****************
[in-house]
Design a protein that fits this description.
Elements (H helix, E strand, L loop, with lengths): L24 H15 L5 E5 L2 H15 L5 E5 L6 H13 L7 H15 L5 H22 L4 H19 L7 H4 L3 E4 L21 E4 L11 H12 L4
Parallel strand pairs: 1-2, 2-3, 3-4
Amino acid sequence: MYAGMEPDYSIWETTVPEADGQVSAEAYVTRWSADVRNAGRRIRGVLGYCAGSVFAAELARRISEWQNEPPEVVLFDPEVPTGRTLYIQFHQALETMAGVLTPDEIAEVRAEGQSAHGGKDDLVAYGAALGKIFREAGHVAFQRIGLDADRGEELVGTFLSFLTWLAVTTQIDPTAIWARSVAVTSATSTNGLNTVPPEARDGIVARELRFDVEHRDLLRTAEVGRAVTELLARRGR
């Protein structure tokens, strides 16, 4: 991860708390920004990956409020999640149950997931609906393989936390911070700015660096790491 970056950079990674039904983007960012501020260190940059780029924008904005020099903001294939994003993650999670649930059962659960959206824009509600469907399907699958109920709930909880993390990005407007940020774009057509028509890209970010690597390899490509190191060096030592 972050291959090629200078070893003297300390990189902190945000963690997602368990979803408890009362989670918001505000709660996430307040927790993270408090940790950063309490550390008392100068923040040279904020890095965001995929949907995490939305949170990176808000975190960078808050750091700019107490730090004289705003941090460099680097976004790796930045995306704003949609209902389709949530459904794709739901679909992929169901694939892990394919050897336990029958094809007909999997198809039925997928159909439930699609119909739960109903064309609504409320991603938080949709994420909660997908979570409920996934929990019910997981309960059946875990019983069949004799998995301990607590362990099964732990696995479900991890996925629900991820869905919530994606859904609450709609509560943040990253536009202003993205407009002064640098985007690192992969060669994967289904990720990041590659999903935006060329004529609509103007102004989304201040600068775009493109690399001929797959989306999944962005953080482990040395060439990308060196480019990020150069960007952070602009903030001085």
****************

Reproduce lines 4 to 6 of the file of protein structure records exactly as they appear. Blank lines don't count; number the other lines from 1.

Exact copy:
Parallel strand pairs: 1-2, 2-3, 3-4
Amino acid sequence: MYAGMEPDYSIWETTVPEADGQVSAEAYVTRWSADVRNAGRRIRGVLGYCAGSVFAAELARRISEWQNEPPEVVLFDPEVPTGRTLYIQFHQALETMAGVLTPDEIAEVRAEGQSAHGGKDDLVAYGAALGKIFREAGHVAFQRIGLDADRGEELVGTFLSFLTWLAVTTQIDPTAIWARSVAVTSATSTNGLNTVPPEARDGIVARELRFDVEHRDLLRTAEVGRAVTELLARRGR
């Protein structure tokens, strides 16, 4: 991860708390920004990956409020999640149950997931609906393989936390911070700015660096790491 970056950079990674039904983007960012501020260190940059780029924008904005020099903001294939994003993650999670649930059962659960959206824009509600469907399907699958109920709930909880993390990005407007940020774009057509028509890209970010690597390899490509190191060096030592 972050291959090629200078070893003297300390990189902190945000963690997602368990979803408890009362989670918001505000709660996430307040927790993270408090940790950063309490550390008392100068923040040279904020890095965001995929949907995490939305949170990176808000975190960078808050750091700019107490730090004289705003941090460099680097976004790796930045995306704003949609209902389709949530459904794709739901679909992929169901694939892990394919050897336990029958094809007909999997198809039925997928159909439930699609119909739960109903064309609504409320991603938080949709994420909660997908979570409920996934929990019910997981309960059946875990019983069949004799998995301990607590362990099964732990696995479900991890996925629900991820869905919530994606859904609450709609509560943040990253536009202003993205407009002064640098985007690192992969060669994967289904990720990041590659999903935006060329004529609509103007102004989304201040600068775009493109690399001929797959989306999944962005953080482990040395060439990308060196480019990020150069960007952070602009903030001085």